"Principals need to make schools welcoming places for parents," said Elizabeth Useem, a research consultant with the group Research for Action in Philadelphia, "but that is different from putting huge amounts of time into trying to get parents involved in governance or in coming to events at school planned for them. It takes a long time for parental governance input to work its way into classroom learning -- and even then, it might not be helpful input."

Many principals insist, however, that working with parents is crucial. Miriam Hughey-Guy, principal of Barcroft Elementary School in Arlington, said: "Parents need to know what their children are learning in school. They need to understand the educational system from the beginning to the end."

To make that happen, Hughey-Guy schedules many events that draw parents to the school. Last week, for example, she invited parents to view student science exhibits on Tuesday night, with pizza as an added inducement. On Wednesday morning, she had an open house for parents and community members. Thursday night was McSchool Night -- a gathering and fundraiser at a McDonald's.

"Building positive relationships through outreach efforts such as newsletters, fliers, telephone calls, personal contacts, family gatherings, attending neighborhood and/or out-of-schools events is vital," Hughey-Guy said.

Betsy Devlin-Foltz, secretary of the Parent Teacher Student Association at Einstein High School in Silver Spring, said her group realized that many of the school's Hispanic parents did not have Internet access and missed news of coming events but often drove their children to school. So, she said, her group "tries to hand out fliers in English and Spanish in the drop-off loop before important events."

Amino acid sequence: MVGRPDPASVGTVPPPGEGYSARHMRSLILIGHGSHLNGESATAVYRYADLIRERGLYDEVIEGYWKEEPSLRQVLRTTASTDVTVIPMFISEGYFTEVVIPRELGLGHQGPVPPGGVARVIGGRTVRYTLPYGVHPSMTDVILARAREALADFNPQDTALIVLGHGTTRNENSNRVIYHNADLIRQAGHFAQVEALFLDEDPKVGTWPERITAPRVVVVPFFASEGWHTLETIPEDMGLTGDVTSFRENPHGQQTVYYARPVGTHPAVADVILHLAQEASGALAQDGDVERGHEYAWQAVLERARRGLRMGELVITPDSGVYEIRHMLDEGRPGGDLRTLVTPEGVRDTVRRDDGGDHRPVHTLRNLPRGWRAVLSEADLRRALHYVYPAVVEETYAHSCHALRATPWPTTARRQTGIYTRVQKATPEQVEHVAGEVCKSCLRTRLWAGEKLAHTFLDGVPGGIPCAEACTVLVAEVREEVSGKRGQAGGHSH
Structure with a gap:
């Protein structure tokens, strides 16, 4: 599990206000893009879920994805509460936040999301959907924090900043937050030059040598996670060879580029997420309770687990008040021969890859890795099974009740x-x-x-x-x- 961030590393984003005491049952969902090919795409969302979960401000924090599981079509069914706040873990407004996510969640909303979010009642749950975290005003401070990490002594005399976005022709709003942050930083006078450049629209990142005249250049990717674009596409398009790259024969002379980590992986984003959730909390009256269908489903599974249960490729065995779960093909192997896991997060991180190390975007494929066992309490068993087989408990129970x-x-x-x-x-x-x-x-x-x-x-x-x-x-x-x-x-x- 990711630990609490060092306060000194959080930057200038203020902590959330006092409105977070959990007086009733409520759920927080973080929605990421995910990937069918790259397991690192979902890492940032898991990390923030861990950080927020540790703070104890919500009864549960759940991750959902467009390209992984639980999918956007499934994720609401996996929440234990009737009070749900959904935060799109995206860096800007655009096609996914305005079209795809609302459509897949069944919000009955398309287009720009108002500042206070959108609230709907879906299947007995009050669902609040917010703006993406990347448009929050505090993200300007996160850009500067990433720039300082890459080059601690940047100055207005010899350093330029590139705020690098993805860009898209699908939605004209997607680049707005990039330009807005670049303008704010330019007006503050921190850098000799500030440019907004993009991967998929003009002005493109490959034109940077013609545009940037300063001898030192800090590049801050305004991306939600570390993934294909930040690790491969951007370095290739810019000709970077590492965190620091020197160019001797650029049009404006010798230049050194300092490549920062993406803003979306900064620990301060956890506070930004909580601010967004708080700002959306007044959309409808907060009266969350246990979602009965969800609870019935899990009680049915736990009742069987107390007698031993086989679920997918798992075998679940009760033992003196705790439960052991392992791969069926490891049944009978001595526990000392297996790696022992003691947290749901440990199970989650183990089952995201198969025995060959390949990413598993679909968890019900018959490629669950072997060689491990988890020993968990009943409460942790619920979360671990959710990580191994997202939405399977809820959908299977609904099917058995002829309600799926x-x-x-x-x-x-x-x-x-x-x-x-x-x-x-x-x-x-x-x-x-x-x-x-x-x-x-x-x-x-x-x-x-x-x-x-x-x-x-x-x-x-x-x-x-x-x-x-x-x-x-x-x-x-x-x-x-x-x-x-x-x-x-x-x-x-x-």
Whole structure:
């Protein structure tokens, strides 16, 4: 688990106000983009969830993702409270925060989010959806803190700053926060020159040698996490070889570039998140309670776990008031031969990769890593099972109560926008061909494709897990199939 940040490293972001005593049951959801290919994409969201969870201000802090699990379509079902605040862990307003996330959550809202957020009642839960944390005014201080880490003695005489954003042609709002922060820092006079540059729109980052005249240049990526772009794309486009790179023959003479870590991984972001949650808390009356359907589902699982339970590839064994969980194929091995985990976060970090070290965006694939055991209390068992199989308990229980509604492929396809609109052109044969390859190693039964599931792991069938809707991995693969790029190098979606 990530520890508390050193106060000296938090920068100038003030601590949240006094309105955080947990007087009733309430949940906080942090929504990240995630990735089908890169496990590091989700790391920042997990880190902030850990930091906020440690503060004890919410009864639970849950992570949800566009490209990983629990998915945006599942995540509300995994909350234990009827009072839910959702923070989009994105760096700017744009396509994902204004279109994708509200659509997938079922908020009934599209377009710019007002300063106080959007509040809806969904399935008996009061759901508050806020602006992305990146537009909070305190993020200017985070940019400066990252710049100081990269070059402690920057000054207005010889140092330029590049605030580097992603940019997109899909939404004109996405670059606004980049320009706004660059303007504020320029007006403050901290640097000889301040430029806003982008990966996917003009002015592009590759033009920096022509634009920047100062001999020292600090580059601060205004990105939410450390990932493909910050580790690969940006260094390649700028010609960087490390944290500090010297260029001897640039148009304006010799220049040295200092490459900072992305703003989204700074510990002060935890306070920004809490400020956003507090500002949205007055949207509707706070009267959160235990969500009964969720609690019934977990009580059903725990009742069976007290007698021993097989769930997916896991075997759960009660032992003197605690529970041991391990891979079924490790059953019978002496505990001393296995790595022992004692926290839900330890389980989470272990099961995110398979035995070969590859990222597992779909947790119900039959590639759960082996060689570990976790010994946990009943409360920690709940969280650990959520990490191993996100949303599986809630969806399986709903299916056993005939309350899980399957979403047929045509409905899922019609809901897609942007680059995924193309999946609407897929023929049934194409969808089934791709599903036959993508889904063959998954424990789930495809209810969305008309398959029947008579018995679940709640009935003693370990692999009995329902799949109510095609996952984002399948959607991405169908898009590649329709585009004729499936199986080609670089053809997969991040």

Like the California study's authors, researchers say that regular parental contact correlates with achievement, even if it is unclear how much. "I've published four research reviews on this topic since 1981 . . . and I'm convinced that parent involvement is a key factor in the achievement gap and in improving low achievement," said Anne T. Henderson, a senior consultant with the Institute for Education and Social Policy at New York University.

Robert F. Sexton, executive director of the Prichard Committee for Academic Excellence in Lexington, Ky., said his group has worked to increase parental involvement for years and has many success stories. "Schools should make unequivocal public commitments to involving parents," he said. "An effective strategy we've found is to identify parent leaders and prepare them to reach other parents."

Ann Monday, assistant superintendent for instruction in Fairfax County, noted Allen's comments about county schools and said she thought that "achievement should be more broadly defined than just test scores." She said there is too much research showing parents playing a significant role to ignore them.

But Allen said she was still disappointed when the Fairfax County superintendent's community advisory committee recently put the greatest emphasis on parental involvement. "Great schools and school systems . . . aren't obsessed with teaching the parents," Allen said. "They aren't making excuses. They are focused on one thing: teaching the children."